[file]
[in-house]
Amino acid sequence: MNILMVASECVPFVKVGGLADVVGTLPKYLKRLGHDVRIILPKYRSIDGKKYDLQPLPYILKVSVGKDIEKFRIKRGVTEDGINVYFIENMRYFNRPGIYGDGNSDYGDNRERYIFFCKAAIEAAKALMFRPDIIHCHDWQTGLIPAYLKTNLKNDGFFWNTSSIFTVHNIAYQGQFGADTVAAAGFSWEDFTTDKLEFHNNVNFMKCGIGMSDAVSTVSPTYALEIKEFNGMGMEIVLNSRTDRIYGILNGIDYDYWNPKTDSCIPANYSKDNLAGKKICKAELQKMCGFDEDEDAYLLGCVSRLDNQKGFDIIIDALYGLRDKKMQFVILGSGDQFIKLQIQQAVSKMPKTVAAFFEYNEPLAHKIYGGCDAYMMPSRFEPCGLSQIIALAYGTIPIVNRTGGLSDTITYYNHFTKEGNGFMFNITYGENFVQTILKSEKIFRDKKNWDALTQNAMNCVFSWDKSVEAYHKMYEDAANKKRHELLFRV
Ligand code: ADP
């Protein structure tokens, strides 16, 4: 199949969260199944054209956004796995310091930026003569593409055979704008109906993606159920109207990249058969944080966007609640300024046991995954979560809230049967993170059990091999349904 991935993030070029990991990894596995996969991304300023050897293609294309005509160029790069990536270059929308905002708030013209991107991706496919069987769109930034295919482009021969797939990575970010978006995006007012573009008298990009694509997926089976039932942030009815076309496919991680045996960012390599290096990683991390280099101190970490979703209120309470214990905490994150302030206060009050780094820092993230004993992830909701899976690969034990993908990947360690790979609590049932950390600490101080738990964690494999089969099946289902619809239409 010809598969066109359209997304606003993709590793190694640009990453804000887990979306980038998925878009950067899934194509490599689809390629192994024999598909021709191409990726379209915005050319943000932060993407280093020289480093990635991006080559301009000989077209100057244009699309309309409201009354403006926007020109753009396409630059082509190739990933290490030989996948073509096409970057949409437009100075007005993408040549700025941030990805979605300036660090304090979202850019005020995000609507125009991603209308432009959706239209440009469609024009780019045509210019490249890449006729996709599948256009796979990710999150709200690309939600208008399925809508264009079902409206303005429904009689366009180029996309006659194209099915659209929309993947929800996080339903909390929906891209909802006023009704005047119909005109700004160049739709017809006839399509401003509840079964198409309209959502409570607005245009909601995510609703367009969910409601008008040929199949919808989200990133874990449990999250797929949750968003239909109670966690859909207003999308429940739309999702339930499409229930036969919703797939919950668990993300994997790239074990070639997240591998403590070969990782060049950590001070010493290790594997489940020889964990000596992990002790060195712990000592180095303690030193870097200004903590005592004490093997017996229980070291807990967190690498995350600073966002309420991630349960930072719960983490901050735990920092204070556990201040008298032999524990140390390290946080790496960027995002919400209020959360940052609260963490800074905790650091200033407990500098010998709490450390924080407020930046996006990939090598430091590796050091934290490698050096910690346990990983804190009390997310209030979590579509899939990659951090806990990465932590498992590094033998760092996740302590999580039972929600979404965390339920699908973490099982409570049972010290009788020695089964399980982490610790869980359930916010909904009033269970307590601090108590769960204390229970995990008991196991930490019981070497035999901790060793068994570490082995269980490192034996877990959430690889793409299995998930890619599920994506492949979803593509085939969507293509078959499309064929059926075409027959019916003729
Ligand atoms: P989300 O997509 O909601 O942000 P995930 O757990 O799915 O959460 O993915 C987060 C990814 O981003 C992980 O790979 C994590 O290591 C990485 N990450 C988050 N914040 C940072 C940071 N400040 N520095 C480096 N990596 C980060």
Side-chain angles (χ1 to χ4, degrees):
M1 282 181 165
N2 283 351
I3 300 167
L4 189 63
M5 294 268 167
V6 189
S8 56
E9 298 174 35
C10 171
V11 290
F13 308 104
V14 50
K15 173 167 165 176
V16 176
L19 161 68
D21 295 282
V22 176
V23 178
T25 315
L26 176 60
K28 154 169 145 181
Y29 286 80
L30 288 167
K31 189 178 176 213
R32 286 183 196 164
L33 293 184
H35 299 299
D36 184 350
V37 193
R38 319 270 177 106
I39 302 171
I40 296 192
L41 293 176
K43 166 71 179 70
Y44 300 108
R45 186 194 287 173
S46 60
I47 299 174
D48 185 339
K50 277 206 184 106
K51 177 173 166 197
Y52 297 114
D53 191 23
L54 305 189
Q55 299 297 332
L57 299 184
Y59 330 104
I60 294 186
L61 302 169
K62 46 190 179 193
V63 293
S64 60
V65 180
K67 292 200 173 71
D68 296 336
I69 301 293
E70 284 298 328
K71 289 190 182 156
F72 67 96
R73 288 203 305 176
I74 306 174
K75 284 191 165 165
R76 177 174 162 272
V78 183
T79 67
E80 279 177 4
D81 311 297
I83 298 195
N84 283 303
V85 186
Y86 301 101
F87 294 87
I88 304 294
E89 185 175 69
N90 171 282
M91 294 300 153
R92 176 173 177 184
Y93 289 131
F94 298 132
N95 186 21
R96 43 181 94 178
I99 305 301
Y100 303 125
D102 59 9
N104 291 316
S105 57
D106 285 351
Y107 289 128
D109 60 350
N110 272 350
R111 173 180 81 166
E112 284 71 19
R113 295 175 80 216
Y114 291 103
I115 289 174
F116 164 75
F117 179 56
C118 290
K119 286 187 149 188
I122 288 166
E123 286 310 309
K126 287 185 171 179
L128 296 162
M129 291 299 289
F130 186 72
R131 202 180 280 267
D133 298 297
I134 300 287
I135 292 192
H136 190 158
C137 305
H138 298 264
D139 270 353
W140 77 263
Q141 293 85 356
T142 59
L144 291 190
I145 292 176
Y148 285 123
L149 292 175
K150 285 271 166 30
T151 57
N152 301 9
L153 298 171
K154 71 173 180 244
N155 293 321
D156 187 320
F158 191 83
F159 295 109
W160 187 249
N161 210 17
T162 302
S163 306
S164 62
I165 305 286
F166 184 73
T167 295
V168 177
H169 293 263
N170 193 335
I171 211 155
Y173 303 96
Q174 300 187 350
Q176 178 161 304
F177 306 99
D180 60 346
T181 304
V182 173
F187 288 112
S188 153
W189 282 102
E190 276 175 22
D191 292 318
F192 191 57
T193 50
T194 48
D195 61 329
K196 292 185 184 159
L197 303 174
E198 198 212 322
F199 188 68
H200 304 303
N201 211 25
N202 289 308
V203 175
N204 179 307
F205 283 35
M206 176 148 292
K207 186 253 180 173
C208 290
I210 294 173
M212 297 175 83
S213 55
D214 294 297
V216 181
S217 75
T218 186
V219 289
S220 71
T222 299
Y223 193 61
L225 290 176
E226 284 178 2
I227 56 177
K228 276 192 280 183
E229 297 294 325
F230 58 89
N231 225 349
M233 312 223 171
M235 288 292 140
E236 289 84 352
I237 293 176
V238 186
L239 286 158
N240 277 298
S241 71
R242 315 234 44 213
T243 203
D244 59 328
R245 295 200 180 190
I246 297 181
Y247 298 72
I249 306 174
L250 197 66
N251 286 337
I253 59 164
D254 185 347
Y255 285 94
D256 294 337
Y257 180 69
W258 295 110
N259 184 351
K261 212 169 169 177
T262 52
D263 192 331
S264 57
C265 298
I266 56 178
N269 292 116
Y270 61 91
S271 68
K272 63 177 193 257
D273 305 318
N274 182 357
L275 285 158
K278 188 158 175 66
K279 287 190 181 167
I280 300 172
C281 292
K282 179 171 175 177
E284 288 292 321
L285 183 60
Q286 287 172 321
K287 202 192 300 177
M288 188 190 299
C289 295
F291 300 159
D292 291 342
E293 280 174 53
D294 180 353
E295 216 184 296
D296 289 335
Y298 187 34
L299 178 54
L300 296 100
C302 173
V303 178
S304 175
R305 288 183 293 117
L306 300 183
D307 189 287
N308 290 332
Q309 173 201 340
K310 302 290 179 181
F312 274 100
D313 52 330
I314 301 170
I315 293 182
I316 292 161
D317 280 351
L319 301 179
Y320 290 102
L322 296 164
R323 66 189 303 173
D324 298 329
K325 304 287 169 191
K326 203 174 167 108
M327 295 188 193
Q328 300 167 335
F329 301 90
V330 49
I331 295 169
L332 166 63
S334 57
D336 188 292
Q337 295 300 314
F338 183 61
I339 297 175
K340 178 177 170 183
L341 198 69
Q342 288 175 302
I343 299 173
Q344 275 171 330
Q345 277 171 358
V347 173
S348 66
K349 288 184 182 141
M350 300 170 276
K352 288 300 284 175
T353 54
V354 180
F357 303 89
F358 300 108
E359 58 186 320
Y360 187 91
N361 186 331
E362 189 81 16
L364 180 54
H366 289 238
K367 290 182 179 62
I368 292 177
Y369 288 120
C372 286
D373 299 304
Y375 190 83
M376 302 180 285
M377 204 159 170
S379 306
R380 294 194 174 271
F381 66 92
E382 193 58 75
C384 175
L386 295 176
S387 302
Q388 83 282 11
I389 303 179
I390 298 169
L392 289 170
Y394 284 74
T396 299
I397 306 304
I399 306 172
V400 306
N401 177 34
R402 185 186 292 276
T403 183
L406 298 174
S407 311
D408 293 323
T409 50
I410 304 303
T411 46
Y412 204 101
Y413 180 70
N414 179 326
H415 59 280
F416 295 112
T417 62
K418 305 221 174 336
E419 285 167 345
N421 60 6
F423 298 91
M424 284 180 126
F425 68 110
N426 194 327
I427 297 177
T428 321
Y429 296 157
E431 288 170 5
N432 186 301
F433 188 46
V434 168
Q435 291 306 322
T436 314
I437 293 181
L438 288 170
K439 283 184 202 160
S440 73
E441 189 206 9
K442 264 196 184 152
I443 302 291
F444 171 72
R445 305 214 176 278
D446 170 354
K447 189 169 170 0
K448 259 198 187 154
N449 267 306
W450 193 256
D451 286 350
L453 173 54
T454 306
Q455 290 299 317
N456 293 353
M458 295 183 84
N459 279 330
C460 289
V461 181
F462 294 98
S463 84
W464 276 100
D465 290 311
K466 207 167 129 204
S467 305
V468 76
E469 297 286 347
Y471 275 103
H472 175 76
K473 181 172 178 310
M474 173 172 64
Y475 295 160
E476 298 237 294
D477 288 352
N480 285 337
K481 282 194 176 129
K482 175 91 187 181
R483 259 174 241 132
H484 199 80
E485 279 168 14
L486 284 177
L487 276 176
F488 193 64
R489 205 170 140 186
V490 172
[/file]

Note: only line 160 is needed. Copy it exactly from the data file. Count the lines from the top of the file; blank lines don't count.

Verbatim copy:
F192 191 57